(09 August, 2021)  The inflow of immigrants and migrant workers is often perceived extremely negatively by the existing population of a region, due to expectations that immigrants may represent a threat to cultural values, security, and availability of jobs, not to mention the fact that working migrants and some immigrants often send the largest share of their income back to the country of origin, which can undermine the stability of balance of payments.

Is the negative attitude toward the inflow of migrants justified from the point of view of long-term economic development? Let's take a look at what data shows.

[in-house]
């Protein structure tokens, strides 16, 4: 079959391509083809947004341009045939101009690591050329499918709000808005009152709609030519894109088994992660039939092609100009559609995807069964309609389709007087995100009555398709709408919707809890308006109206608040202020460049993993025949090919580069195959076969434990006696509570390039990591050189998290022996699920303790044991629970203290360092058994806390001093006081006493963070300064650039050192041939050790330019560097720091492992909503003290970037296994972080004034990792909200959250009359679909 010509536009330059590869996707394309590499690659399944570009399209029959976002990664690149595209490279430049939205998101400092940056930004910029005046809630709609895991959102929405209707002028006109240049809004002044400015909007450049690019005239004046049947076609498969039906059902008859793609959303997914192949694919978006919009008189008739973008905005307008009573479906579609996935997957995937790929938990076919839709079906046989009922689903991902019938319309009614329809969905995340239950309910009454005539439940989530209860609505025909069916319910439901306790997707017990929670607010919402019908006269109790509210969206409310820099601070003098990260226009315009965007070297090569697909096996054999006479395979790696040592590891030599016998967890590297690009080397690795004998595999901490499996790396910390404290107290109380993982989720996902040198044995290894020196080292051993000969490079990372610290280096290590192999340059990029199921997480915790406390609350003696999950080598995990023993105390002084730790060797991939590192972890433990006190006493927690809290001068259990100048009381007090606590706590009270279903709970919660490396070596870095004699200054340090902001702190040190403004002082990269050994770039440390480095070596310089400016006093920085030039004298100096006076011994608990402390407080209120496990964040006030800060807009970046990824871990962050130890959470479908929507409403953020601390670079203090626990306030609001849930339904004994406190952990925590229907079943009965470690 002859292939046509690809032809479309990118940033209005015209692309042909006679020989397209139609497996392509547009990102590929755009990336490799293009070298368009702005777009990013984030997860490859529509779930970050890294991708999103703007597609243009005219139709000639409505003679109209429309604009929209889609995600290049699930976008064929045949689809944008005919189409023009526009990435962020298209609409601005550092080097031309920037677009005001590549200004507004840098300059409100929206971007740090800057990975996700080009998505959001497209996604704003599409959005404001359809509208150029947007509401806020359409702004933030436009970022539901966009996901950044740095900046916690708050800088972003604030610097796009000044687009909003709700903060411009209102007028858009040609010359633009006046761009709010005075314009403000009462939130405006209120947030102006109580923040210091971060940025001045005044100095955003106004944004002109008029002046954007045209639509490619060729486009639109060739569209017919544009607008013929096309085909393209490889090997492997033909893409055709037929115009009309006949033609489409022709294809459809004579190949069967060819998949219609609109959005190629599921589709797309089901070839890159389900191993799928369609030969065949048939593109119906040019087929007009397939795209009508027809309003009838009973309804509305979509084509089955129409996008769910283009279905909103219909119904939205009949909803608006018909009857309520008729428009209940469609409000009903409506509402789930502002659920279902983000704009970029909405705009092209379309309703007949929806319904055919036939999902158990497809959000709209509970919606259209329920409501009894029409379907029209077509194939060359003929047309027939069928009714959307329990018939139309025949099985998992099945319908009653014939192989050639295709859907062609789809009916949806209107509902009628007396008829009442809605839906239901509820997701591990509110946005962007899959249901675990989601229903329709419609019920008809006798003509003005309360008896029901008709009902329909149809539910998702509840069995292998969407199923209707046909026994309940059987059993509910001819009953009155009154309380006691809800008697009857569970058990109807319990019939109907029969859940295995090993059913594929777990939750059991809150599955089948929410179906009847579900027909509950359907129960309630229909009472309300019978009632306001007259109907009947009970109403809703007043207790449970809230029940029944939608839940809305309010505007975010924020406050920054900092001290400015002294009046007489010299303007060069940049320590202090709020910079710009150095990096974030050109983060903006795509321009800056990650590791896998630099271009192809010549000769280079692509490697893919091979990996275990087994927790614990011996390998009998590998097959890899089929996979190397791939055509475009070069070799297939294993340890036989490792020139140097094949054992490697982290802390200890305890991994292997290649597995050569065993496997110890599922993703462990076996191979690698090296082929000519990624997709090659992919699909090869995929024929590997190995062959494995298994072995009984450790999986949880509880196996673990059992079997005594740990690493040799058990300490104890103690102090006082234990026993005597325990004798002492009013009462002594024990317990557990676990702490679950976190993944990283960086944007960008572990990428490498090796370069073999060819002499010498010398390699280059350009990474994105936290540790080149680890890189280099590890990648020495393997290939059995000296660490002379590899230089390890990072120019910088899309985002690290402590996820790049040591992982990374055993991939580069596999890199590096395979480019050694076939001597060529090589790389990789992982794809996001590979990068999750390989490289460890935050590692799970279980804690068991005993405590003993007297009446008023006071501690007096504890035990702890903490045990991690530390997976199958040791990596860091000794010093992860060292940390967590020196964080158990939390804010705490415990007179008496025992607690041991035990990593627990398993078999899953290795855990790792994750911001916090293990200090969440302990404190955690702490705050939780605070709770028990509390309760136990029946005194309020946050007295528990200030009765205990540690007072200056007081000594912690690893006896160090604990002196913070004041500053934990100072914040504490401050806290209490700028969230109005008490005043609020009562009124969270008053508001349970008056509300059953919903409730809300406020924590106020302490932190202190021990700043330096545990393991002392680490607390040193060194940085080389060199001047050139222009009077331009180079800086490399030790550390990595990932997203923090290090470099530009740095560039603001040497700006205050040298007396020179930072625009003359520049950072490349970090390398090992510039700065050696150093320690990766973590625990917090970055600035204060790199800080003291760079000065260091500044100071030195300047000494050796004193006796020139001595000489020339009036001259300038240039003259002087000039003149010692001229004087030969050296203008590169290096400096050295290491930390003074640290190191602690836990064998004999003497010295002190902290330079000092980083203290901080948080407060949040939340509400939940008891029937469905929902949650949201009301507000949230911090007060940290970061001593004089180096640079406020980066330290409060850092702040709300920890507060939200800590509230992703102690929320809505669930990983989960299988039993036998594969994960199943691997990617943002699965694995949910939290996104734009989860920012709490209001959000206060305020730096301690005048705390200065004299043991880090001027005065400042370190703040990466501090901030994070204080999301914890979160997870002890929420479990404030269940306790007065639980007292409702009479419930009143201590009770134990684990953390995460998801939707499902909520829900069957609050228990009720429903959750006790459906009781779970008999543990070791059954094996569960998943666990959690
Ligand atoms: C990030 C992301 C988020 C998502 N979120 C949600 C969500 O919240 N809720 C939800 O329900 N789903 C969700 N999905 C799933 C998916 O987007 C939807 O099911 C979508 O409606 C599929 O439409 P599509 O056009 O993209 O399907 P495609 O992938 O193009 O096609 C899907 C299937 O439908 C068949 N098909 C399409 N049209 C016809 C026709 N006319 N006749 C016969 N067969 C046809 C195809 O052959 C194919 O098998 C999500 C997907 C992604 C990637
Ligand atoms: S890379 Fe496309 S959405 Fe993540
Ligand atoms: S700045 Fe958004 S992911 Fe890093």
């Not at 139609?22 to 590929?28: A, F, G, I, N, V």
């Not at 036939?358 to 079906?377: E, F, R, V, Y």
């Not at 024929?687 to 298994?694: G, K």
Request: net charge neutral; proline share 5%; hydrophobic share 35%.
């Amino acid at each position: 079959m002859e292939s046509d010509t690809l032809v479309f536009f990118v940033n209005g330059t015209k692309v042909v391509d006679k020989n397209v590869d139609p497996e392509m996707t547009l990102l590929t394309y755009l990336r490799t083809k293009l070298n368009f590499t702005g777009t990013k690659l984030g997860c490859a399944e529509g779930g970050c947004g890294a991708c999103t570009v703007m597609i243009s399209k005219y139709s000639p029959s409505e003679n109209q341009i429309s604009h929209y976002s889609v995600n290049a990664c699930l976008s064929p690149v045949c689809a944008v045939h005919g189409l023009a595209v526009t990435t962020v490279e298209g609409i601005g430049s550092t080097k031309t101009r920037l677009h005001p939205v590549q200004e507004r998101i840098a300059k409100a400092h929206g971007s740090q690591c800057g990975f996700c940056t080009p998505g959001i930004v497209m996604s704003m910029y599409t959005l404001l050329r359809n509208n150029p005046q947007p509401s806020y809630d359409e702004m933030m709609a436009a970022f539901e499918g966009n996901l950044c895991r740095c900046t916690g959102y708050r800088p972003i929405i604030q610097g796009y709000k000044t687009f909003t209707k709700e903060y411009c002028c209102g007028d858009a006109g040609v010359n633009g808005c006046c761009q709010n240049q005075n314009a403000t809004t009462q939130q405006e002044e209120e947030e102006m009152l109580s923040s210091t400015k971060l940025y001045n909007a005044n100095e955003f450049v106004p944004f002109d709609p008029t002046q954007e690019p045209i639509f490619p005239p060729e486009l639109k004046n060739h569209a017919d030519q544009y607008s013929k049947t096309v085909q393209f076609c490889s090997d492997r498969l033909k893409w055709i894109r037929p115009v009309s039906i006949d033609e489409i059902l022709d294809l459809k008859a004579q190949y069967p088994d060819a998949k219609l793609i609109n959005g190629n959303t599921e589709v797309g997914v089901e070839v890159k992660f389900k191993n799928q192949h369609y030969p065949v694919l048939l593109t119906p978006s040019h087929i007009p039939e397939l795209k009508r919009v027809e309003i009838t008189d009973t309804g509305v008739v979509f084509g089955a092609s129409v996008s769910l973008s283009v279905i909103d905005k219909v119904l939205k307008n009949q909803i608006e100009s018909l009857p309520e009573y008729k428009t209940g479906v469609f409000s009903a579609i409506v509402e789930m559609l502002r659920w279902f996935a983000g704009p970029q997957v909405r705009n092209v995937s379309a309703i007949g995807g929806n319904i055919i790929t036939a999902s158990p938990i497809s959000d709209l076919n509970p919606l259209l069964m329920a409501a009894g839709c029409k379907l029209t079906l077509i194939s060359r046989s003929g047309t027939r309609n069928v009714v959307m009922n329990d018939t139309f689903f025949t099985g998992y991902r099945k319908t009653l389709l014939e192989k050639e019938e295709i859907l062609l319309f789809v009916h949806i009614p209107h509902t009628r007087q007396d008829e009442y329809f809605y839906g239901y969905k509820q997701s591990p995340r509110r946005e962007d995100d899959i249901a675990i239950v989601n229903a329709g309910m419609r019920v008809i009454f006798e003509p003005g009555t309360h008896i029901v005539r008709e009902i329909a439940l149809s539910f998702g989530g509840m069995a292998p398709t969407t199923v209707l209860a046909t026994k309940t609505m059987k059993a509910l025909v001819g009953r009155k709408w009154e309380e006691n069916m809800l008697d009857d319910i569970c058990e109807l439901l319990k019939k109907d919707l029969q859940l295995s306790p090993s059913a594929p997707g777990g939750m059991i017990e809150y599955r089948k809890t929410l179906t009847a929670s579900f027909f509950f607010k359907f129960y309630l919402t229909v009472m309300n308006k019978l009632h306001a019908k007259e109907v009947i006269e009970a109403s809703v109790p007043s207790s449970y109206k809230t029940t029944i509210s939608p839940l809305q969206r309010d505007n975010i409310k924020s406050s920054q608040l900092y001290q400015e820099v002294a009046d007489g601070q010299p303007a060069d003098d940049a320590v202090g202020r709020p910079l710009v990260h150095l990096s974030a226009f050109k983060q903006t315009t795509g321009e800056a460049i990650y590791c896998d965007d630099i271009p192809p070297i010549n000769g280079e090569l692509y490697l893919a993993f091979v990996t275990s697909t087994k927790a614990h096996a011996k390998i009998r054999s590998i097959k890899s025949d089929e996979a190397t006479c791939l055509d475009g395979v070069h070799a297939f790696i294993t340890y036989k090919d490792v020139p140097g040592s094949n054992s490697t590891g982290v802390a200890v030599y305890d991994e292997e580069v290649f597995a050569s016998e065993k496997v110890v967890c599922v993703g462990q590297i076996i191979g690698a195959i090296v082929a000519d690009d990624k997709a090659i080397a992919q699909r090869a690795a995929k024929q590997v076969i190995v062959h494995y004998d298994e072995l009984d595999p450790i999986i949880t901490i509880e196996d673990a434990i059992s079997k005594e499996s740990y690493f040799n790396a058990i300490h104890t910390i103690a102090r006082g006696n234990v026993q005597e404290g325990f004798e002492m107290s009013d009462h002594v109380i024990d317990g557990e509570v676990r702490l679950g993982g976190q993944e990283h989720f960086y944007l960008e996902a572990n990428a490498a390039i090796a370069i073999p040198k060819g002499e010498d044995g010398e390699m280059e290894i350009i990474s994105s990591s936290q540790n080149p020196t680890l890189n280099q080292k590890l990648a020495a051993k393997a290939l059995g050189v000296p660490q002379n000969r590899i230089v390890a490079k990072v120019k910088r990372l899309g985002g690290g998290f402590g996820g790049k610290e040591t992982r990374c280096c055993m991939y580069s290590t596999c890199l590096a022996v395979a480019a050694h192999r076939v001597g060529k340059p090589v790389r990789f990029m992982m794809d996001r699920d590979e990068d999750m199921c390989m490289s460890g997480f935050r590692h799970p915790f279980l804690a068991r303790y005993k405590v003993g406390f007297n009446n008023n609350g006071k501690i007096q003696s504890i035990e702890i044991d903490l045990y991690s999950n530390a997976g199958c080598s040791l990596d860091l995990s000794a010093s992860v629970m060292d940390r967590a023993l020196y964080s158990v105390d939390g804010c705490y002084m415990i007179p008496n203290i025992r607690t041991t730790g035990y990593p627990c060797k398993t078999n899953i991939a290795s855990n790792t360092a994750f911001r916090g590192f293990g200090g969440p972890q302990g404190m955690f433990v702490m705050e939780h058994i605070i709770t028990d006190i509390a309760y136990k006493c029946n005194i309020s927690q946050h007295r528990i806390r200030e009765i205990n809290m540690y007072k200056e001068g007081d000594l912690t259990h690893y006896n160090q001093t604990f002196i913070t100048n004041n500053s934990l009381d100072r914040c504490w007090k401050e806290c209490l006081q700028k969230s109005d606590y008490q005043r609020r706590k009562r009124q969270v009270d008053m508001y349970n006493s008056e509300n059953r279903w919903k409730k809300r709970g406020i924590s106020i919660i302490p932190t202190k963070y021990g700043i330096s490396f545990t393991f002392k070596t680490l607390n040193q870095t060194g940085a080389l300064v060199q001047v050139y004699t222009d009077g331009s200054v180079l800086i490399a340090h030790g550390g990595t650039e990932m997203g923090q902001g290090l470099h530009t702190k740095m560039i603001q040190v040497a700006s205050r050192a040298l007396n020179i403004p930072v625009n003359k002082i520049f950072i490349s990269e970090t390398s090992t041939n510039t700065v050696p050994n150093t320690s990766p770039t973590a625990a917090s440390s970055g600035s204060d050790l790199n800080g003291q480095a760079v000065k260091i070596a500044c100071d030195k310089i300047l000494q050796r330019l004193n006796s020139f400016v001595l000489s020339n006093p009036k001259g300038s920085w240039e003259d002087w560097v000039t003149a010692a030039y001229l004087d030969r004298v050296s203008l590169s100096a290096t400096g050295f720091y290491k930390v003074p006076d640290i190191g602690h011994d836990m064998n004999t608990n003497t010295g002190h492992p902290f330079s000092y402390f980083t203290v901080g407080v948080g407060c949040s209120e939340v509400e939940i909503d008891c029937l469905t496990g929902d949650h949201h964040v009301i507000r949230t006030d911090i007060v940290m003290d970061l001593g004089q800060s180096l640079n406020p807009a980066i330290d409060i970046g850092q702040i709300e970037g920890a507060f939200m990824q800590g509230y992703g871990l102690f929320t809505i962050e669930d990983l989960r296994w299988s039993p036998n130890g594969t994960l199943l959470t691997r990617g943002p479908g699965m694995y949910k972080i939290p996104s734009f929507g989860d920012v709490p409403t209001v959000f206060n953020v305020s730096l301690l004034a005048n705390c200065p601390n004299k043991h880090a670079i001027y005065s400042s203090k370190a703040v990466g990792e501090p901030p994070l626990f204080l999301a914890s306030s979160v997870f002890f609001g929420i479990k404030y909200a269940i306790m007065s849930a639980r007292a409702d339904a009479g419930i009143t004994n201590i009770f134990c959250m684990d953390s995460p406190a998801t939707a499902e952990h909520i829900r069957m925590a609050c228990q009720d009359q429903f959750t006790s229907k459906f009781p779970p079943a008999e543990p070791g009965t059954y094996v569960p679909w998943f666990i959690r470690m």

• We compared the change in per capita GDP and the change in share of foreign and foreign-born persons in the population over the last thirty years for the highest-income countries, the largest economies, and countries with the largest stock of foreign migrants, excluding economies highly dependent on oil and gas exports*.
  • The data shows that a higher increase in the share of stock of foreign migrants in a population from 1990 to 2019 is associated with a higher increase in per capita income, suggesting that the long-term effect of immigrant and migrant inflow on the growth of personal wealth of the established population is most likely positive.

*Per capita income in economies highly dependent on oil and gas exports is mostly determined by the oil and gas world price movements, which makes difficult to estimate the impact of other factors.

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